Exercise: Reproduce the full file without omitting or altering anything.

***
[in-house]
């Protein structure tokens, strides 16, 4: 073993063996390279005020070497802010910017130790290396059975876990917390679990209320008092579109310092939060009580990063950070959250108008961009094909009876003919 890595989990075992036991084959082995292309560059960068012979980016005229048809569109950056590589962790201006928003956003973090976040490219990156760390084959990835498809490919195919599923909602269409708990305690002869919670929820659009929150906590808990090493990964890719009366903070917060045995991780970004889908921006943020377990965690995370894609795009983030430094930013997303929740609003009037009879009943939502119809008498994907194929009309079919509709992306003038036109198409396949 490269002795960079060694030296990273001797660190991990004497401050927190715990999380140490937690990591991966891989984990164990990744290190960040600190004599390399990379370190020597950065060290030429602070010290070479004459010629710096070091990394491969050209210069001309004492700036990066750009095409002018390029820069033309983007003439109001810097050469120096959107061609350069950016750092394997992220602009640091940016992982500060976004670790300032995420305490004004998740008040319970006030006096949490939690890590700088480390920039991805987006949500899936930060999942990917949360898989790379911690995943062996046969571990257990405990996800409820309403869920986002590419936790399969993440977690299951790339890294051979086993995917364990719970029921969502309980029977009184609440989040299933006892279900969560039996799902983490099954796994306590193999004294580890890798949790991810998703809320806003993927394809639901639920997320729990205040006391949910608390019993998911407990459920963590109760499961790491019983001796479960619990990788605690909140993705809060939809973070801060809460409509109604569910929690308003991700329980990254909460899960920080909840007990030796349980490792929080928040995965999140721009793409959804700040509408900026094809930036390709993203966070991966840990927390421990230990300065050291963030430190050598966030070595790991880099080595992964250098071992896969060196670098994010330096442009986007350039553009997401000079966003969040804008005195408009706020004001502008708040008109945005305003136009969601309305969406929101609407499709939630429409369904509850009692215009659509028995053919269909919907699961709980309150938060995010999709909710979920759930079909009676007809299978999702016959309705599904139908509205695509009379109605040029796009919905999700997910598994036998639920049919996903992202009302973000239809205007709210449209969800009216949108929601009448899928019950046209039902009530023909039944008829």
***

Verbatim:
[in-house]
């Protein structure tokens, strides 16, 4: 073993063996390279005020070497802010910017130790290396059975876990917390679990209320008092579109310092939060009580990063950070959250108008961009094909009876003919 890595989990075992036991084959082995292309560059960068012979980016005229048809569109950056590589962790201006928003956003973090976040490219990156760390084959990835498809490919195919599923909602269409708990305690002869919670929820659009929150906590808990090493990964890719009366903070917060045995991780970004889908921006943020377990965690995370894609795009983030430094930013997303929740609003009037009879009943939502119809008498994907194929009309079919509709992306003038036109198409396949 490269002795960079060694030296990273001797660190991990004497401050927190715990999380140490937690990591991966891989984990164990990744290190960040600190004599390399990379370190020597950065060290030429602070010290070479004459010629710096070091990394491969050209210069001309004492700036990066750009095409002018390029820069033309983007003439109001810097050469120096959107061609350069950016750092394997992220602009640091940016992982500060976004670790300032995420305490004004998740008040319970006030006096949490939690890590700088480390920039991805987006949500899936930060999942990917949360898989790379911690995943062996046969571990257990405990996800409820309403869920986002590419936790399969993440977690299951790339890294051979086993995917364990719970029921969502309980029977009184609440989040299933006892279900969560039996799902983490099954796994306590193999004294580890890798949790991810998703809320806003993927394809639901639920997320729990205040006391949910608390019993998911407990459920963590109760499961790491019983001796479960619990990788605690909140993705809060939809973070801060809460409509109604569910929690308003991700329980990254909460899960920080909840007990030796349980490792929080928040995965999140721009793409959804700040509408900026094809930036390709993203966070991966840990927390421990230990300065050291963030430190050598966030070595790991880099080595992964250098071992896969060196670098994010330096442009986007350039553009997401000079966003969040804008005195408009706020004001502008708040008109945005305003136009969601309305969406929101609407499709939630429409369904509850009692215009659509028995053919269909919907699961709980309150938060995010999709909710979920759930079909009676007809299978999702016959309705599904139908509205695509009379109605040029796009919905999700997910598994036998639920049919996903992202009302973000239809205007709210449209969800009216949108929601009448899928019950046209039902009530023909039944008829």